Police urge seat belt safety for travelers during holidays

Police urge seat belt safety for travelers during holidays
Union City police are reminding highway travelers this Thanksgiving that the only belt that should be left unbuckled this year, or any year, is the one holding up your trousers — not the seat belts in your car.
“Seat belts have saved more lives than any other single piece of automotive safety equipment,” Union City Police Chief Joe Garner said. “But in order for them to work, they have to be used. This Thanksgiving, and every day and night of the year, make sure you buckle up your seat belt and you’ll have the opportunity to unbuckle that other belt at the feast table with your family and friends.”
Nationally, during the Thanksgiving holiday period in 2009 — which ran from 6 p.m. Nov. 25 to 5:59 a.m. Nov. 30 — 303 passenger vehicle occupants died in motor vehicle traffic crashes, including 115 during daylight hours (6 a.m. to 5:59 p.m.) and 187 during night time (6 p.m. to 5:59 a.m.). One fatality occurred during an unknown time period.
According to the U.S. Department of Transporta-tion’s National Highway Traffic Safety Administra-tion (NHTSA), night time is one of the more dangerous times on the road because seat belt use is traditionally lower. Of the 187 passenger vehicle occupant deaths at night during the 2009 Thanksgiving holiday period, over half (54 percent) did not have their seat belts fastened (where seat belt use was known), while 49 percent in day-time crashes were not wearing seat belts.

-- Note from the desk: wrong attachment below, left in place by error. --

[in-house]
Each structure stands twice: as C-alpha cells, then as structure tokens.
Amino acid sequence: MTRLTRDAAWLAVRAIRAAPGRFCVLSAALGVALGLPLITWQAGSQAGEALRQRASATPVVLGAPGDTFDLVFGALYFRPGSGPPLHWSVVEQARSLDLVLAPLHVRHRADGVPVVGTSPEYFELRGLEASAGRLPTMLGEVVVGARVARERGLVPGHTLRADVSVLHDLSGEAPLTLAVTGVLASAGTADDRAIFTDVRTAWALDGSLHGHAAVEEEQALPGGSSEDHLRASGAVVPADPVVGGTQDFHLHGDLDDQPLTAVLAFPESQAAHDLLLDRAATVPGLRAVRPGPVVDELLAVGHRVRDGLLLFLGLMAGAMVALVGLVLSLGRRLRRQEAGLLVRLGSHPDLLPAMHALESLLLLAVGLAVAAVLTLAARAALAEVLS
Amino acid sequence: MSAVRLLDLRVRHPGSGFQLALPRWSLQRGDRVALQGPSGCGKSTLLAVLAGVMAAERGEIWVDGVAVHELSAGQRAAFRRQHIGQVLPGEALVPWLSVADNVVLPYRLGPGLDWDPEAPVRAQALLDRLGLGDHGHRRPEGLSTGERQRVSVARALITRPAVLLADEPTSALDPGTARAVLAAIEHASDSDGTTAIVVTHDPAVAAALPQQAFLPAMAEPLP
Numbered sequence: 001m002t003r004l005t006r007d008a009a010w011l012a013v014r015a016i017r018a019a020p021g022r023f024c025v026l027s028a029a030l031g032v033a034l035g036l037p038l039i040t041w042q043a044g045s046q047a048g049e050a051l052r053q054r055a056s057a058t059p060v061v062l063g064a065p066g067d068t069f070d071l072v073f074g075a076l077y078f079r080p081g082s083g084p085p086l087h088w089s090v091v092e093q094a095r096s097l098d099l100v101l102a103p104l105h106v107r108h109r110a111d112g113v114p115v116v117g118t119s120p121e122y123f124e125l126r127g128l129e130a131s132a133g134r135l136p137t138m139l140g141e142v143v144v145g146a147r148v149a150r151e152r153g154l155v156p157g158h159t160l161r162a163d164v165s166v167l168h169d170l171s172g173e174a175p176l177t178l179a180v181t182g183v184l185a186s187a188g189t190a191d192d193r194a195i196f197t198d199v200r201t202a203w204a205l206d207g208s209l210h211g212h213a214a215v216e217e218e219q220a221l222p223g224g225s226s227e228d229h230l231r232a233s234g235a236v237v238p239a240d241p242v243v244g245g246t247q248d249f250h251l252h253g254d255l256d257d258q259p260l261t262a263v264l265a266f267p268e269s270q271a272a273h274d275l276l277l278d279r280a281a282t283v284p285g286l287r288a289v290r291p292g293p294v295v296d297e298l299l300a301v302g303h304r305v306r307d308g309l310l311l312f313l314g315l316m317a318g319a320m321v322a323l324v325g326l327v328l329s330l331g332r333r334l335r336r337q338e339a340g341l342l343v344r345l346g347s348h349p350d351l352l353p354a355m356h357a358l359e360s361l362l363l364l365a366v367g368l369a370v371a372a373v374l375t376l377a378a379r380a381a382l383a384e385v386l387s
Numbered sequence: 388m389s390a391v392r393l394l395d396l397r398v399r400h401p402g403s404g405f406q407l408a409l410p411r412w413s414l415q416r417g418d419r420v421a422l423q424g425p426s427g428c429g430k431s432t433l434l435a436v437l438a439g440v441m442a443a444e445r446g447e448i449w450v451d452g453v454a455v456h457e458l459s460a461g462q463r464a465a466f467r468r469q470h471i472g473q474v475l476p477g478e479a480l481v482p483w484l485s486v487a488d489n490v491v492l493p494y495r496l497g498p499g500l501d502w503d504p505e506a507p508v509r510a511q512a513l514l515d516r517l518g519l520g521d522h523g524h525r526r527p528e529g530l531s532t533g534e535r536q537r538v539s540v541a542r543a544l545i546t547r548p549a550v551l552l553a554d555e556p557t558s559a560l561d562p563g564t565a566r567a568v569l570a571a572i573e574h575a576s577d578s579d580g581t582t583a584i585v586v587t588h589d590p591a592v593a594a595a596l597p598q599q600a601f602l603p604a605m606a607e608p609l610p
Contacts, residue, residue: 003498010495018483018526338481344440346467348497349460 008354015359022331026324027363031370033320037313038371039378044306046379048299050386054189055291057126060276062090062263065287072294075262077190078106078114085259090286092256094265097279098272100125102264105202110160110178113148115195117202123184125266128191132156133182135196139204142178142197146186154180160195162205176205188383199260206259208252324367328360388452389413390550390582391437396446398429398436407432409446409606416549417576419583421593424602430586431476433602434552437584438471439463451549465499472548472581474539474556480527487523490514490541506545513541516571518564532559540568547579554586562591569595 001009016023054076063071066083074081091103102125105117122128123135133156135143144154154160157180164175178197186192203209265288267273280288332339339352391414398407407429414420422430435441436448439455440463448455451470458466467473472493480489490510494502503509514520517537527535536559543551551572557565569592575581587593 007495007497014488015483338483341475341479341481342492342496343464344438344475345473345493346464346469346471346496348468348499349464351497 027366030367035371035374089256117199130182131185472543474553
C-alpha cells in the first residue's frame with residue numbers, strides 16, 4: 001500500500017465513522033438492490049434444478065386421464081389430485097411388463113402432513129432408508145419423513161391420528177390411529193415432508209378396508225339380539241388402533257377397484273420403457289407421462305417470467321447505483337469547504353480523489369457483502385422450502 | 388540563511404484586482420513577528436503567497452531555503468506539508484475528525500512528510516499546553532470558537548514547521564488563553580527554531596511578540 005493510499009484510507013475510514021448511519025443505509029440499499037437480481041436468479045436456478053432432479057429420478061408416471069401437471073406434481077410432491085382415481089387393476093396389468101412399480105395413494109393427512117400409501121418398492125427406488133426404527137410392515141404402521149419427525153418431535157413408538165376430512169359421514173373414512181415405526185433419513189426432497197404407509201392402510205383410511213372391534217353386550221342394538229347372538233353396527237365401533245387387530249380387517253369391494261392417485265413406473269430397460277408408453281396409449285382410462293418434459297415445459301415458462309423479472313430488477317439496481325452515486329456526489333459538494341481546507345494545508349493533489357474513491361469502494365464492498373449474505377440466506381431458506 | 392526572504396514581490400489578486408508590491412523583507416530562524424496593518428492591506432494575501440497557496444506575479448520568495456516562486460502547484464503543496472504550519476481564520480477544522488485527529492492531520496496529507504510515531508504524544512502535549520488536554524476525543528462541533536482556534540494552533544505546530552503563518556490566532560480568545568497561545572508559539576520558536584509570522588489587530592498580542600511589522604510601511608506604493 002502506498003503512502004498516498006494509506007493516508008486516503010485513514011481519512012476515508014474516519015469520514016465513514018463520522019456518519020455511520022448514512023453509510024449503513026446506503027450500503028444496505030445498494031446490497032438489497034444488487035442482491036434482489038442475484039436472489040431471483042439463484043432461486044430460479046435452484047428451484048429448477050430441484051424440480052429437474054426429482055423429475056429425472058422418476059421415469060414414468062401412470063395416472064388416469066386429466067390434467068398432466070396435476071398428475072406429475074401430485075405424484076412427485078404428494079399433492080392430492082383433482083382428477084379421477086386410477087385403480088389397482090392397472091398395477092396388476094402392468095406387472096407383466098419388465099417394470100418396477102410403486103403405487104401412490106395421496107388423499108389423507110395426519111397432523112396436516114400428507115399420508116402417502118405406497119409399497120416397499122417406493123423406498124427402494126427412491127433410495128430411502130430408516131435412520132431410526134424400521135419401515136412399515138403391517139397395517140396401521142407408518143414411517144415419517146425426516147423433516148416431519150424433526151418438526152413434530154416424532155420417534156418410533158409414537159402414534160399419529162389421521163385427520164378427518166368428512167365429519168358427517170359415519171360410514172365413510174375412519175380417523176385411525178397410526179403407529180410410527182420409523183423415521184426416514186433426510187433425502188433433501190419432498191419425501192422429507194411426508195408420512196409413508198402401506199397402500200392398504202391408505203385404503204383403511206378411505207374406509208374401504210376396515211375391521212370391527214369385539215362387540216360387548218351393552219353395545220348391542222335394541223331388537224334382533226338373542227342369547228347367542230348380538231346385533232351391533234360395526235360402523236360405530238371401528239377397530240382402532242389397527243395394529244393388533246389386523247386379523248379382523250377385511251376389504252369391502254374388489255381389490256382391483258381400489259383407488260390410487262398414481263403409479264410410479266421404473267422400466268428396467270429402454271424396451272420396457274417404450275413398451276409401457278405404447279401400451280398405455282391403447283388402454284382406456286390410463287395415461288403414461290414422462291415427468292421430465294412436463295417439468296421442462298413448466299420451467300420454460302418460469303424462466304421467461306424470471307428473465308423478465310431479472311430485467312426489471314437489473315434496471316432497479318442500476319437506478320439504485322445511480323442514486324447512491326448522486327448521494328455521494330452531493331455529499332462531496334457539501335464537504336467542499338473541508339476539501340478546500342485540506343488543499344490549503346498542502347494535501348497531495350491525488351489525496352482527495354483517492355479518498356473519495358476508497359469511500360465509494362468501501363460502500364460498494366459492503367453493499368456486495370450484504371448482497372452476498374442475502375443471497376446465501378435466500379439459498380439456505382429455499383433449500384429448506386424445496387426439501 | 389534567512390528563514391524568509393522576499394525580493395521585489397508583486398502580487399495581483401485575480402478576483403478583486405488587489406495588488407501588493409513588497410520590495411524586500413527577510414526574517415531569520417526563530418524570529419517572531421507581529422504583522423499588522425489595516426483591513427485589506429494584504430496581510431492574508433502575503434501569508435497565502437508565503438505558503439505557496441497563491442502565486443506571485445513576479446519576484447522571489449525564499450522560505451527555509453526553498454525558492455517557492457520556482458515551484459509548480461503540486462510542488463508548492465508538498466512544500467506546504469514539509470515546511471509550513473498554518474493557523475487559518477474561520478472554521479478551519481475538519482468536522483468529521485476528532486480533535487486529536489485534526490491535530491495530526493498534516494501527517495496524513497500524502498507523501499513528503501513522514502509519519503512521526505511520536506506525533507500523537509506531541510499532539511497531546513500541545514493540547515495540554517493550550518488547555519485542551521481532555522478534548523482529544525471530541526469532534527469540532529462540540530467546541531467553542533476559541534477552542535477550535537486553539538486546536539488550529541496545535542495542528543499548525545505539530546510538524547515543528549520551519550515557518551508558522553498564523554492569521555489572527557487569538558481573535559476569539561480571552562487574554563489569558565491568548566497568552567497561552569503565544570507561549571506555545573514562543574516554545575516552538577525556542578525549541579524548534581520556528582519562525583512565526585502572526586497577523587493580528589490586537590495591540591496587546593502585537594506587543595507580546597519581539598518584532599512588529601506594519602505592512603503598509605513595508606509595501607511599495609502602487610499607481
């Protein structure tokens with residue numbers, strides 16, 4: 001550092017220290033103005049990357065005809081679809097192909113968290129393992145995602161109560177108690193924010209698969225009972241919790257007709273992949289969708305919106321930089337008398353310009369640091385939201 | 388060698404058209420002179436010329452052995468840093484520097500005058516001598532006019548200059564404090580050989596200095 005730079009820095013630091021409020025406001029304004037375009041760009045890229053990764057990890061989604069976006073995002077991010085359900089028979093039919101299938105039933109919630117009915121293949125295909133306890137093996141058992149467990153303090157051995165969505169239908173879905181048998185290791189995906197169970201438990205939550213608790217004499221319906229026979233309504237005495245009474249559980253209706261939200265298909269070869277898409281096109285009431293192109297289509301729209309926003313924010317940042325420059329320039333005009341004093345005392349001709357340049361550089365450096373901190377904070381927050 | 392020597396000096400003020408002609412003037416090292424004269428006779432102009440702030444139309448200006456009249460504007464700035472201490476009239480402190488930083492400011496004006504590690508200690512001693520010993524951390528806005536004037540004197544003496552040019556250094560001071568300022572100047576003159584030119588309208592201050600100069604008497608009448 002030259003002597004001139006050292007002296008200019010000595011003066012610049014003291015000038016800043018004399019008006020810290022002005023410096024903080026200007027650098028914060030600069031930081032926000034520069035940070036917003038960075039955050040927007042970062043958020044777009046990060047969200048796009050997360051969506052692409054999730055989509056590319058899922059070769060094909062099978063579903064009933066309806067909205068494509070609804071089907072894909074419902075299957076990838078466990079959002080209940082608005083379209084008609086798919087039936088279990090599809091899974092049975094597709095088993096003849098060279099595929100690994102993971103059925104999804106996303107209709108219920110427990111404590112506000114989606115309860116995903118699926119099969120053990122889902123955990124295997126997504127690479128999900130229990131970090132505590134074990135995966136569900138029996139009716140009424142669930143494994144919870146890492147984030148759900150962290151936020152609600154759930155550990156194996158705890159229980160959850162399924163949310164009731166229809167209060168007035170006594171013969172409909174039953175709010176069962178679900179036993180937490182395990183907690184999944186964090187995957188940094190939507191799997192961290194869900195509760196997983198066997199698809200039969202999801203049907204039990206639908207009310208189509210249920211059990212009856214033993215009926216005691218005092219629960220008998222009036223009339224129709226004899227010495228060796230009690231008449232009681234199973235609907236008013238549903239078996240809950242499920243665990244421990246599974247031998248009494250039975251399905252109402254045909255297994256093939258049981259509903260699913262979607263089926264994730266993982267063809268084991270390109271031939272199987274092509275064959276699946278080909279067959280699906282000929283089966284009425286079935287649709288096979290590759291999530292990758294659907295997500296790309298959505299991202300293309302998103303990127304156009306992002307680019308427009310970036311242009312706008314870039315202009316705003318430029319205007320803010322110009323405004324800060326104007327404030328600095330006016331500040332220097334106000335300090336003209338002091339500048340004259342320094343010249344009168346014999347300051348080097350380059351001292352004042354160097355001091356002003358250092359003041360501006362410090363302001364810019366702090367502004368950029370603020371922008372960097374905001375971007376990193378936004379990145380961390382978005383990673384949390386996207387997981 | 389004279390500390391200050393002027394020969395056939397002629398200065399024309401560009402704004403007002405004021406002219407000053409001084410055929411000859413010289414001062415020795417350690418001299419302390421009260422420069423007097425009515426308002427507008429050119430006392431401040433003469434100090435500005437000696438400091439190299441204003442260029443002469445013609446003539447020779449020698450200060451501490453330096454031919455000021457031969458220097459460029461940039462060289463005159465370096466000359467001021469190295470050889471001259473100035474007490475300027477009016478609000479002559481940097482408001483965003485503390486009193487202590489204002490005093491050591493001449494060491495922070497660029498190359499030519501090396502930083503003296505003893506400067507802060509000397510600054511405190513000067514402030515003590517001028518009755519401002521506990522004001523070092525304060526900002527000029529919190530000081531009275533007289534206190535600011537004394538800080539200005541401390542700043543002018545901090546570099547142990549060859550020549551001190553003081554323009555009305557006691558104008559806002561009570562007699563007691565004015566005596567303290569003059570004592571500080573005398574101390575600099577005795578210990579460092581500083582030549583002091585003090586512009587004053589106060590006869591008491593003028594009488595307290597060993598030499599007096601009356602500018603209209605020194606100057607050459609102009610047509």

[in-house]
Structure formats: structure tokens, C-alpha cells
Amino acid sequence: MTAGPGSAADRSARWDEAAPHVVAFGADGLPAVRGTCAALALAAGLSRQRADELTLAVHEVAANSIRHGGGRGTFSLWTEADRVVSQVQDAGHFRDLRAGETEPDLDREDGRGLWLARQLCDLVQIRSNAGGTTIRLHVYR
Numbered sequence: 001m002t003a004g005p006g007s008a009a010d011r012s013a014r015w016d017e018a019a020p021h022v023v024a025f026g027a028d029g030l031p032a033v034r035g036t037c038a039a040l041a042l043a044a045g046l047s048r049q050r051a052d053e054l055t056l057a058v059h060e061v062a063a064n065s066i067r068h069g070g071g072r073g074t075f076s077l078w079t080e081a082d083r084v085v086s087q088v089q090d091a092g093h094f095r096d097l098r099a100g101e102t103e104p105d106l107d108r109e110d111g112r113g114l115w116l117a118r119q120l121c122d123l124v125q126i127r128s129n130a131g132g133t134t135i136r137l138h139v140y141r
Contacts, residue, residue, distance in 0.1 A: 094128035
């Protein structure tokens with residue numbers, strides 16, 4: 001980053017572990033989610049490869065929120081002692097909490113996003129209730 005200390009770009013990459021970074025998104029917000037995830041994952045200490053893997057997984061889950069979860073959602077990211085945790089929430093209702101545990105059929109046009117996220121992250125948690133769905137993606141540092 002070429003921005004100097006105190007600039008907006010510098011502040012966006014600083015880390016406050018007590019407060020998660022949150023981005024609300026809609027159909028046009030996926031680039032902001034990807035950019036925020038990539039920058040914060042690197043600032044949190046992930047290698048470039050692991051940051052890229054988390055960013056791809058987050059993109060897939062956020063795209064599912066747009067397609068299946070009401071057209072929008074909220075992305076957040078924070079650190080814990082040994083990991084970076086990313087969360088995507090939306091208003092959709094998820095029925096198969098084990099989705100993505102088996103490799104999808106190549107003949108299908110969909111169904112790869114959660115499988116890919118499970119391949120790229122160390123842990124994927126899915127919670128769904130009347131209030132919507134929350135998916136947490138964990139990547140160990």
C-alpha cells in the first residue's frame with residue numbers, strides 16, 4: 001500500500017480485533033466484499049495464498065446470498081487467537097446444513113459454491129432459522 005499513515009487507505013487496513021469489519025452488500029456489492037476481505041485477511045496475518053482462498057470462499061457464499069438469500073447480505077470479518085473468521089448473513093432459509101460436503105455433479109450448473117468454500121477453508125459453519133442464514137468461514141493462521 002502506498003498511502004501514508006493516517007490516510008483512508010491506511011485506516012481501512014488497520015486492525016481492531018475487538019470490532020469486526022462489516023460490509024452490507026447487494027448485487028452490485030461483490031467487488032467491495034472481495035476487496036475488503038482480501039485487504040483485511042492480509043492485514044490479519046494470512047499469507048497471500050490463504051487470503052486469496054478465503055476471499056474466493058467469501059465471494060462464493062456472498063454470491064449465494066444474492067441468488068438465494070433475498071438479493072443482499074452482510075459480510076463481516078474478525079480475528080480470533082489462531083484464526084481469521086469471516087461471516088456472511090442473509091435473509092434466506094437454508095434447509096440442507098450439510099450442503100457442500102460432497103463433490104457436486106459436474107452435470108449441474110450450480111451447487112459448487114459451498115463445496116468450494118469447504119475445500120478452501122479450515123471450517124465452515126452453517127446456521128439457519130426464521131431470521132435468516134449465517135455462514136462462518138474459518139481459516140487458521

“There is no holiday more closely associated with the American family, or with American travel, than Thanksgiving,” Garner said. “But if you hit the highways unbelted, the faces you could be seeing this holiday might belong to an emergency room physician or nurse instead of the faces of your family and friends.”
According to the National Highway Traffic Safety Administration (NHTSA), regular seat belt use is the single most effective way to protect people and reduce fatalities in motor vehicle crashes. Research has shown that when lap and shoulder belts are used properly, the risk of fatal injury to front seat passenger car occupants is reduced by 45 percent, and the risk of moderate to serious injury is reduced by 50 percent.
Published in The Messenger 11.14.11

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